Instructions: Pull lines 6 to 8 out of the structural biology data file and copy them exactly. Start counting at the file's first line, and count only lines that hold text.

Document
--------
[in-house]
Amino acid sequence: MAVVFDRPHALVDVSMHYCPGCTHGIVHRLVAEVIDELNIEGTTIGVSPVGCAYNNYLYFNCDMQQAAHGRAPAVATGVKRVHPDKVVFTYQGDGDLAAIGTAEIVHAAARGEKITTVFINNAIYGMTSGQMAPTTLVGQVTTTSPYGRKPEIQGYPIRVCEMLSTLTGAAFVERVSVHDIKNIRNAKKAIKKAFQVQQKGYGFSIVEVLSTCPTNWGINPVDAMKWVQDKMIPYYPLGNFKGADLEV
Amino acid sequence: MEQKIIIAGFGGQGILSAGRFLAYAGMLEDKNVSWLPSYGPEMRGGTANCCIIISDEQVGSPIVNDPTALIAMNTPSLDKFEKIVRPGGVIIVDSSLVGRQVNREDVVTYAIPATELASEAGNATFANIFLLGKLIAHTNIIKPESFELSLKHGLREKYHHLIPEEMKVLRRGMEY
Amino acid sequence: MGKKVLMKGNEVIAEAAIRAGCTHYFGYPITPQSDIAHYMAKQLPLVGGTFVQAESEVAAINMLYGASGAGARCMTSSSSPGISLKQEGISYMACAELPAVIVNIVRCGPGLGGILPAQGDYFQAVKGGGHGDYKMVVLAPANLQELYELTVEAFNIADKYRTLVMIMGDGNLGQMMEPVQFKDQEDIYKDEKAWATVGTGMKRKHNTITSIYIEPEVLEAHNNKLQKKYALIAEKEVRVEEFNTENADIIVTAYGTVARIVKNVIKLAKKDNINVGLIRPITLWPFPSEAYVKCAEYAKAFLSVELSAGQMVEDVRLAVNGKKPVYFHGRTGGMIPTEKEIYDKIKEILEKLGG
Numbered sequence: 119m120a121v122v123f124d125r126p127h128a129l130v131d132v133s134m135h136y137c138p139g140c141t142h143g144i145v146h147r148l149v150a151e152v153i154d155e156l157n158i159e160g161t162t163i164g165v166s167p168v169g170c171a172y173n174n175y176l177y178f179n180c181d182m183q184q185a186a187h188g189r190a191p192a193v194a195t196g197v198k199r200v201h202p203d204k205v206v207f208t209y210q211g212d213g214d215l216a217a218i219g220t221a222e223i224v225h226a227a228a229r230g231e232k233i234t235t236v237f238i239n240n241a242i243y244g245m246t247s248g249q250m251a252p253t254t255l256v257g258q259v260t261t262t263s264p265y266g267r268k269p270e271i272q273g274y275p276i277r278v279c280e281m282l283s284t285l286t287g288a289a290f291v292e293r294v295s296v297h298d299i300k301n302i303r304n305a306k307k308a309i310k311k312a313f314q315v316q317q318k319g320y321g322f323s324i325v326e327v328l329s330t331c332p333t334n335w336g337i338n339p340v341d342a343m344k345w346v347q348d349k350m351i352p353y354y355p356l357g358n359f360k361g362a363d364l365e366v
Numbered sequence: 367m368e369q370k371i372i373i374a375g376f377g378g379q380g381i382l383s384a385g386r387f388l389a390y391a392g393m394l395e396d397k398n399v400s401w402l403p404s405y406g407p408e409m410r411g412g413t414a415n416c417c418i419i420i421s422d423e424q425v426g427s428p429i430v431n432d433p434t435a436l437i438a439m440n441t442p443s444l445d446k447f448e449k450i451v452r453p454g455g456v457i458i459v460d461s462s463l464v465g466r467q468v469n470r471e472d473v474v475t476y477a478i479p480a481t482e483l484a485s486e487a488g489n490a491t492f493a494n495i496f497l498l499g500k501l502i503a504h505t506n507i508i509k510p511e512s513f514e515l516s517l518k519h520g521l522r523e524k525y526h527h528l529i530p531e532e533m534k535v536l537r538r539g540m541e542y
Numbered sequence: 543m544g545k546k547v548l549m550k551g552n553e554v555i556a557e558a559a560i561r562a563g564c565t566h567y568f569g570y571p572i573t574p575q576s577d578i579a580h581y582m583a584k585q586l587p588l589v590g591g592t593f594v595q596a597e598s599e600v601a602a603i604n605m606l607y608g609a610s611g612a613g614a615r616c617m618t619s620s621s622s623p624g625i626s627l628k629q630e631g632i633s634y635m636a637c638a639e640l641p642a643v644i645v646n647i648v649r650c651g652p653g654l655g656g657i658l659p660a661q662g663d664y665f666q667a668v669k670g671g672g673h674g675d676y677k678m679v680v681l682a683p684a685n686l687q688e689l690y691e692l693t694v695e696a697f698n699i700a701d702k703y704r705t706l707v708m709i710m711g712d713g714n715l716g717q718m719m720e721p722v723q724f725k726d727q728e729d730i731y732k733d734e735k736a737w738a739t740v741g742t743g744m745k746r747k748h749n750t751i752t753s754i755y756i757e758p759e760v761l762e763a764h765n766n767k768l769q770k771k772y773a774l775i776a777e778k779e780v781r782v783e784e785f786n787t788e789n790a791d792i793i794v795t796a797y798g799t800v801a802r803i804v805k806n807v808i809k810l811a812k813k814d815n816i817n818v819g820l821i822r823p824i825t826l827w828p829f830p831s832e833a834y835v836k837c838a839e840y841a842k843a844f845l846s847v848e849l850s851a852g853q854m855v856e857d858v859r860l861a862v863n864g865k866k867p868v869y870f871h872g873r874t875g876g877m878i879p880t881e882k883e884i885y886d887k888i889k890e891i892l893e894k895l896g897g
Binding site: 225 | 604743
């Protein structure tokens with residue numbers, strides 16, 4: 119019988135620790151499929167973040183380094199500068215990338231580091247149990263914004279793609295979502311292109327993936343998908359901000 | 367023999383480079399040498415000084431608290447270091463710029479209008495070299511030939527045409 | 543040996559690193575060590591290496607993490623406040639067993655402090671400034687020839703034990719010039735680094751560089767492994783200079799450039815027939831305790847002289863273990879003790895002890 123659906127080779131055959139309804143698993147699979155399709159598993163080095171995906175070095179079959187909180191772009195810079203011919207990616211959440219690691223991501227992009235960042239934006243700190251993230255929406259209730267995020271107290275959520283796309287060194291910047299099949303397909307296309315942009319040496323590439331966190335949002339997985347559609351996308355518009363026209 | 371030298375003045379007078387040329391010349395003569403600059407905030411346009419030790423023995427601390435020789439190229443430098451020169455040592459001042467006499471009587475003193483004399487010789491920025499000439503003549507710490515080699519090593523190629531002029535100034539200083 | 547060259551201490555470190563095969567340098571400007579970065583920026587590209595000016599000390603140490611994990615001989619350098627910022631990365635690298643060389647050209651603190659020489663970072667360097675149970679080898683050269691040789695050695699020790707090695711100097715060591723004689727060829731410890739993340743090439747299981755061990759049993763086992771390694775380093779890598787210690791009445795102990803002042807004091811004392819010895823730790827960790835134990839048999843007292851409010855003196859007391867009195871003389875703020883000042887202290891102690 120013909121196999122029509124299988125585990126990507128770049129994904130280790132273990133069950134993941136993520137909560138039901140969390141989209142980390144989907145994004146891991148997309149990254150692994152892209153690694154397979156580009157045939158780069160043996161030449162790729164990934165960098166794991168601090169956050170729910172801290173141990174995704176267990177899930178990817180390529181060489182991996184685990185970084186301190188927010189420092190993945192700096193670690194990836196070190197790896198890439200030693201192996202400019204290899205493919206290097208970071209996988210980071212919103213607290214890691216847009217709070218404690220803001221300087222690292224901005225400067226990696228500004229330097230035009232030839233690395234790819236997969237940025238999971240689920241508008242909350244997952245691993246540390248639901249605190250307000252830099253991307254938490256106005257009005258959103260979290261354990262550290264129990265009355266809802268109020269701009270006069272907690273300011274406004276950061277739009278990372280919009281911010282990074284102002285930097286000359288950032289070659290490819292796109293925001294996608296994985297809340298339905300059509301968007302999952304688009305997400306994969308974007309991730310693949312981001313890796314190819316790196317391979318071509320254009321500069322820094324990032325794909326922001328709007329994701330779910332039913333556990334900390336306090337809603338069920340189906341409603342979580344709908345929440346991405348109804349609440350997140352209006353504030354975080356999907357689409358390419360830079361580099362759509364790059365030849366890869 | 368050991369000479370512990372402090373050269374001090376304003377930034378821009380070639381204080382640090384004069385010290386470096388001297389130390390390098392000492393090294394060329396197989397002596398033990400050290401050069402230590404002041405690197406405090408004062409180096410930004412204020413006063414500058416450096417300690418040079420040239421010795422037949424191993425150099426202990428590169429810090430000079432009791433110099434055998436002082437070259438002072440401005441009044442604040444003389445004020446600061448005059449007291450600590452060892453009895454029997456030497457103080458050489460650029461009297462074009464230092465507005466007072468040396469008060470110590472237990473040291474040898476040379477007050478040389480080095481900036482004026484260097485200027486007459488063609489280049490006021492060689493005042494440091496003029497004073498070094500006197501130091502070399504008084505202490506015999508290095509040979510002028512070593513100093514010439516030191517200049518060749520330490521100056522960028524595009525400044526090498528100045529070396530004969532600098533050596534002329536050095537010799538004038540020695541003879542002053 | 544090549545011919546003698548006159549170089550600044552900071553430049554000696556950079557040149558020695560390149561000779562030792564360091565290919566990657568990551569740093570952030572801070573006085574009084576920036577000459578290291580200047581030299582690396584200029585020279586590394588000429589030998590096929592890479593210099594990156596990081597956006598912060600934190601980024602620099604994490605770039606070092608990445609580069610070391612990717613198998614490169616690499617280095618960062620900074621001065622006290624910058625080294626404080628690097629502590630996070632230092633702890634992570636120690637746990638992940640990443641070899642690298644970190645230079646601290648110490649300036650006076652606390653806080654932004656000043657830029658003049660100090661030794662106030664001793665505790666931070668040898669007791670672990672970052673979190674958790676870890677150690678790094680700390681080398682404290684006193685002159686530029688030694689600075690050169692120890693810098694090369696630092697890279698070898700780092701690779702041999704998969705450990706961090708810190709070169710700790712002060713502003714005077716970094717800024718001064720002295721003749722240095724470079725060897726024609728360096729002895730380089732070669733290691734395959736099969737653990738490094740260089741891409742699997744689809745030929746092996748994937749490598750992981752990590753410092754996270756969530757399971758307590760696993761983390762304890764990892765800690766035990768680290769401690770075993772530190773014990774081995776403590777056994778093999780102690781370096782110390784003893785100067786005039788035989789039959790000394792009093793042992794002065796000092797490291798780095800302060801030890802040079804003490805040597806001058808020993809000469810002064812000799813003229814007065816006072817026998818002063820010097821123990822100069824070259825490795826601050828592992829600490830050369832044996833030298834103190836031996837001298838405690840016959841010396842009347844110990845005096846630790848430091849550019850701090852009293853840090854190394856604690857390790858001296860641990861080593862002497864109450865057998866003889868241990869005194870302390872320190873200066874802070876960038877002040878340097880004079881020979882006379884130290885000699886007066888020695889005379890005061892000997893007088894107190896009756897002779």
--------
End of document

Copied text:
Numbered sequence: 367m368e369q370k371i372i373i374a375g376f377g378g379q380g381i382l383s384a385g386r387f388l389a390y391a392g393m394l395e396d397k398n399v400s401w402l403p404s405y406g407p408e409m410r411g412g413t414a415n416c417c418i419i420i421s422d423e424q425v426g427s428p429i430v431n432d433p434t435a436l437i438a439m440n441t442p443s444l445d446k447f448e449k450i451v452r453p454g455g456v457i458i459v460d461s462s463l464v465g466r467q468v469n470r471e472d473v474v475t476y477a478i479p480a481t482e483l484a485s486e487a488g489n490a491t492f493a494n495i496f497l498l499g500k501l502i503a504h505t506n507i508i509k510p511e512s513f514e515l516s517l518k519h520g521l522r523e524k525y526h527h528l529i530p531e532e533m534k535v536l537r538r539g540m541e542y
Numbered sequence: 543m544g545k546k547v548l549m550k551g552n553e554v555i556a557e558a559a560i561r562a563g564c565t566h567y568f569g570y571p572i573t574p575q576s577d578i579a580h581y582m583a584k585q586l587p588l589v590g591g592t593f594v595q596a597e598s599e600v601a602a603i604n605m606l607y608g609a610s611g612a613g614a615r616c617m618t619s620s621s622s623p624g625i626s627l628k629q630e631g632i633s634y635m636a637c638a639e640l641p642a643v644i645v646n647i648v649r650c651g652p653g654l655g656g657i658l659p660a661q662g663d664y665f666q667a668v669k670g671g672g673h674g675d676y677k678m679v680v681l682a683p684a685n686l687q688e689l690y691e692l693t694v695e696a697f698n699i700a701d702k703y704r705t706l707v708m709i710m711g712d713g714n715l716g717q718m719m720e721p722v723q724f725k726d727q728e729d730i731y732k733d734e735k736a737w738a739t740v741g742t743g744m745k746r747k748h749n750t751i752t753s754i755y756i757e758p759e760v761l762e763a764h765n766n767k768l769q770k771k772y773a774l775i776a777e778k779e780v781r782v783e784e785f786n787t788e789n790a791d792i793i794v795t796a797y798g799t800v801a802r803i804v805k806n807v808i809k810l811a812k813k814d815n816i817n818v819g820l821i822r823p824i825t826l827w828p829f830p831s832e833a834y835v836k837c838a839e840y841a842k843a844f845l846s847v848e849l850s851a852g853q854m855v856e857d858v859r860l861a862v863n864g865k866k867p868v869y870f871h872g873r874t875g876g877m878i879p880t881e882k883e884i885y886d887k888i889k890e891i892l893e894k895l896g897g
Binding site: 225 | 604743